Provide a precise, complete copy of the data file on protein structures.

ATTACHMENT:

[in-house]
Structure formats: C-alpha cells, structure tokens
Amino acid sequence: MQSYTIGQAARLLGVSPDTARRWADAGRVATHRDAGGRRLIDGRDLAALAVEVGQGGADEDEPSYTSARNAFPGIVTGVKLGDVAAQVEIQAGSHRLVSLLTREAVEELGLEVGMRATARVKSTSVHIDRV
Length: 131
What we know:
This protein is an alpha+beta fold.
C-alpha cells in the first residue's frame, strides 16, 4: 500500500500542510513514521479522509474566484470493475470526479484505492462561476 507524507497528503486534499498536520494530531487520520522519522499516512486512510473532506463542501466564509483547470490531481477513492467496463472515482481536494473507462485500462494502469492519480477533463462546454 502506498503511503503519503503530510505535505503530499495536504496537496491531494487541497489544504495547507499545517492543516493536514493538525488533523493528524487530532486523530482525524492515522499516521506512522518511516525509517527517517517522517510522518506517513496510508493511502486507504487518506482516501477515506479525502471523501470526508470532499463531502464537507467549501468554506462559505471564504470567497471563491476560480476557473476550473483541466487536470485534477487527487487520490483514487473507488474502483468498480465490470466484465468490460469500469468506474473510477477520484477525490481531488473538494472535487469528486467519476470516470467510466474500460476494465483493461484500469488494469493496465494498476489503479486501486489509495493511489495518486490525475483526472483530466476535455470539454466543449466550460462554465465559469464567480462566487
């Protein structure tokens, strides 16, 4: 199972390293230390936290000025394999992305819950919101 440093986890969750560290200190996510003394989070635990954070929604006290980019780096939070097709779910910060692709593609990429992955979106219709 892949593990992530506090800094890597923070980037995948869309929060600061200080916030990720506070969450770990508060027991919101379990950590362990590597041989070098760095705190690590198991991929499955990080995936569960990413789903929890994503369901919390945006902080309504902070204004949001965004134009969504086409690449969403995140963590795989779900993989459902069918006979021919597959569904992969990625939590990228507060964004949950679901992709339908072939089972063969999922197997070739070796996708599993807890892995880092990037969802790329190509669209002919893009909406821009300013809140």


[in-house]
Structure formats: C-alpha cells, structure tokens
Amino acid sequence: MQSYTIGQAARLLGVSPDTARRWADAGRVATHRDAGGRRLIDGRDLAALAVEVGQGGADEDEPSYTSARNAFPGIVTGVKLGDVAAQVEIQAGSHRLVSLLTREAVEELGLEVGMRATARVKSTSVHIDRV
Length: 131
What we know:
This protein is an alpha+beta fold.
C-alpha cells in the first residue's frame, strides 16, 4: 500500500500542510513514521479522509474566484470493475470526479484505492462561476 507524507497528503486534499498536520494530531487520520522519522499516512486512510473532506463542501466564509483547470490531481477513492467496463472515482481536494473507462485500462494502469492519480477533463462546454 502506498503511503503519503503530510505535505503530499495536504496537496491531494487541497489544504495547507499545517492543516493536514493538525488533523493528524487530532486523530482525524492515522499516521506512522518511516525509517527517517517522517510522518506517513496510508493511502486507504487518506482516501477515506479525502471523501470526508470532499463531502464537507467549501468554506462559505471564504470567497471563491476560480476557473476550473483541466487536470485534477487527487487520490483514487473507488474502483468498480465490470466484465468490460469500469468506474473510477477520484477525490481531488473538494472535487469528486467519476470516470467510466474500460476494465483493461484500469488494469493496465494498476489503479486501486489509495493511489495518486490525475483526472483530466476535455470539454466543449466550460462554465465559469464567480462566487
């Protein structure tokens, strides 16, 4: 199972390293230390936290000025394999992305819950919101 440093986890969750560290200190996510003394989070635990954070929604006290980019780096939070097709779910910060692709593609990429992955979106219709 892949593990992530506090800094890597923070980037995948869309929060600061200080916030990720506070969450770990508060027991919101379990950590362990590597041989070098760095705190690590198991991929499955990080995936569960990413789903929890994503369901919390945006902080309504902070204004949001965004134009969504086409690449969403995140963590795989779900993989459902069918006979021919597959569904992969990625939590990228507060964004949950679901992709339908072939089972063969999922197997070739070796996708599993807890892995880092990037969802790329190509669209002919893009909406821009300013809140």